Chris Hoy, right, remains ahead of Chane Griggs, left, in the race for Salem mayor (Photos by Laura Tesler/Special to Salem Reporter)
Chris Hoy remains in the lead to be Salem’s next mayor after local election workers processed tens of thousands more ballots Wednesday.
Following updated counts from Marion and Polk counties Wednesday afternoon, Hoy, 56, the city council president, had 13,950 votes, 55.48% of the total. His opponent, planning commission chair Chane Griggs, 67, had 11,195, or 45.52%.
Other city council races had the same candidates in the lead Wednesday, with Dynee Medlock in ward 4, Julie Hoy (no relation to Chris Hoy) in ward 6 and Micki Varney in ward 8 ahead.
Marion County has now tallied 55,190 ballots of about 70,000 that were returned to the office by early Wednesday morning, county clerk Bill Burgess said. A few thousand more arrived in the mail Wednesday, and more could trickle in thanks to a change in Oregon law allowing ballots to be counted if they’re postmarked by election day.
Polk County has tallied 20,616 ballots as of Wednesday late afternoon, up from 18,084 on election night.
Because city races are nonpartisan, they’re typically settled during the May primary rather than in November. If one candidate gets at least 50% plus one of all votes cast, only that candidate’s name appears on the November ballot. While a write-in candidate could in theory be elected, successful write-in campaigns are rare.
The mayoral race to succeed Chuck Bennett, who is retiring at the end of his third term, drew tens of thousands of dollars in contributions.
Griggs drew major financial support from real estate and business groups as well as the city’s police and firefighter unions.
Hoy was backed by unions representing many state and most other city employees, as well as fellow progressive Democrats on the city council.
As of Tuesday, Hoy raised $43,308 in cash and $7,641 in in-kind contributions and spent $23,346, according to state campaign finance records.
Griggs raised $130,610 in cash and $1,842 in-kind and spent $109,409.
Hoy throughout his campaign touted his experience as a city councilor, first elected in 2017, and his year serving as a state representative after being appointed in December to finish out Rep. Brian Clem’s term.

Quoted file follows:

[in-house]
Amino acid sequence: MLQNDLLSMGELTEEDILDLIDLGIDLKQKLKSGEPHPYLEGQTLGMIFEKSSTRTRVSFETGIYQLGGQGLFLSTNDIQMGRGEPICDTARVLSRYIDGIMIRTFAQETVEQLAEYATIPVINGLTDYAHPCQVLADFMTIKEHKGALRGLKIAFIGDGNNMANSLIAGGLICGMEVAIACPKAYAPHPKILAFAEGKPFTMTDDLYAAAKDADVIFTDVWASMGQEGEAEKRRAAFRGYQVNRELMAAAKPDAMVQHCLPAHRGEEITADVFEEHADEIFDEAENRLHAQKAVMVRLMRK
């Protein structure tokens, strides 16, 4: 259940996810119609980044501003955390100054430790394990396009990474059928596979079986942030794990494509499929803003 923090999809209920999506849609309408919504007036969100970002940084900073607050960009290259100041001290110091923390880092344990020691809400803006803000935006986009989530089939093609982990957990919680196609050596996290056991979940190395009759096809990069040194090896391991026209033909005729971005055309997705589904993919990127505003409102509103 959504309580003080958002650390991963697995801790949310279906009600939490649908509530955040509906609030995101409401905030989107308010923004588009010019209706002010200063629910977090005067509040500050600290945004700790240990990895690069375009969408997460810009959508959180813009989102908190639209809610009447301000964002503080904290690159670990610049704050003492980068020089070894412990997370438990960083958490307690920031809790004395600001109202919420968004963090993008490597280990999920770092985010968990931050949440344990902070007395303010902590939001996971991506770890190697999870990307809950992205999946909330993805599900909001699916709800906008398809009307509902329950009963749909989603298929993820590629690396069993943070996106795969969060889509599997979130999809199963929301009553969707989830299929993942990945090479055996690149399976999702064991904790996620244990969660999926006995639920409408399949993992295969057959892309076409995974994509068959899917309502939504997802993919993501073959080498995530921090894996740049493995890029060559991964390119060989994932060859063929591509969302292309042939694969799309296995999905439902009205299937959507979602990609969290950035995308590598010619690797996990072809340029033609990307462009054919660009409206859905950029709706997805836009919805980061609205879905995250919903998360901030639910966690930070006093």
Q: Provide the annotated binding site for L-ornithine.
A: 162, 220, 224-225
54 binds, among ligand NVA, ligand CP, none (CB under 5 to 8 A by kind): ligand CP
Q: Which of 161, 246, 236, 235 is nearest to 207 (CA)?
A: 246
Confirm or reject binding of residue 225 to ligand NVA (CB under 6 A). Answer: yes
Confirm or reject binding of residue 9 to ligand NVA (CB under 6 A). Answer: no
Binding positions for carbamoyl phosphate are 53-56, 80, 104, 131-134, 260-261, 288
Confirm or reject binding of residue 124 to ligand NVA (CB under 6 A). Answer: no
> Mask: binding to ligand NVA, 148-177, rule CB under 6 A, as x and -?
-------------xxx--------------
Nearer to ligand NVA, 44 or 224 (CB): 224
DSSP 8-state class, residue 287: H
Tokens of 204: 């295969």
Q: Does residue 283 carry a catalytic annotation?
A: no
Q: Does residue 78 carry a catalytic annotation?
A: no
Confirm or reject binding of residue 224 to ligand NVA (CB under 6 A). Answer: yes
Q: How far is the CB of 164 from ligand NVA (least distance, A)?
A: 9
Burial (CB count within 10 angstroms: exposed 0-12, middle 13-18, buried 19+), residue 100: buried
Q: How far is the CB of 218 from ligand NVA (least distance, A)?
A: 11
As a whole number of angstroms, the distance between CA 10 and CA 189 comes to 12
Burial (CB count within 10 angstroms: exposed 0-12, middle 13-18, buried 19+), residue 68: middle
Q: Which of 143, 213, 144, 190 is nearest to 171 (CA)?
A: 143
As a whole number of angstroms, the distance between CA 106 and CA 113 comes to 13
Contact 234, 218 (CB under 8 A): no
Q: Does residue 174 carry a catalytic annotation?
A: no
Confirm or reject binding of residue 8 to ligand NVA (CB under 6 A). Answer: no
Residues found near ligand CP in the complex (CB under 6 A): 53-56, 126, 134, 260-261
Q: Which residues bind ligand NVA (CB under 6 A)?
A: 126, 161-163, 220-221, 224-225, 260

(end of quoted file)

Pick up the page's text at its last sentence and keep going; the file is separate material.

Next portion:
Griggs told Salem Reporter Wednesday afternoon she hadn’t yet seen the updated numbers but didn’t plan to concede until more votes were counted, echoing her comments Tuesday night after initial returns.
“At the end of the day it’s going to be what the voters decide who they want to be their mayor and I’ll be supportive of that choice,” she told Salem Reporter Tuesday.
In city council races, Medlock, a network specialist, had 1,914 votes, or 50.65%, to real estate broker Deanna Gwyn’s 1,865, or 49.35% in the ward 4 race. The two women are running for the seat currently held by city Councilor Jackie Leung, who was running for an Oregon House seat before suspending her campaign in April because of a personal health issue.
Julie Hoy, a singer and the owner of Geppetto’s Italian Restaurant, had 883 votes, or 54% in the ward 6 race over Stacey Vieyra-Braendle, an occupational therapist, who had 752 votes, or 46%. That seat is currently held by Chris Hoy.
For west Salem’s ward 8, salmon biologist Micki Varney was leading IT business owner Chris Cummings with 2,420 votes, 51.9%, to 2,245 votes, 48.1%.
Varney was appointed to the council March 21 after Councilor Jim Lewis resigned to spend more time with his family. Cummings also applied to replace him.
View the city results below.
View results for city races below.
Contact reporter Rachel Alexander: [email protected] or 503-575-1241.
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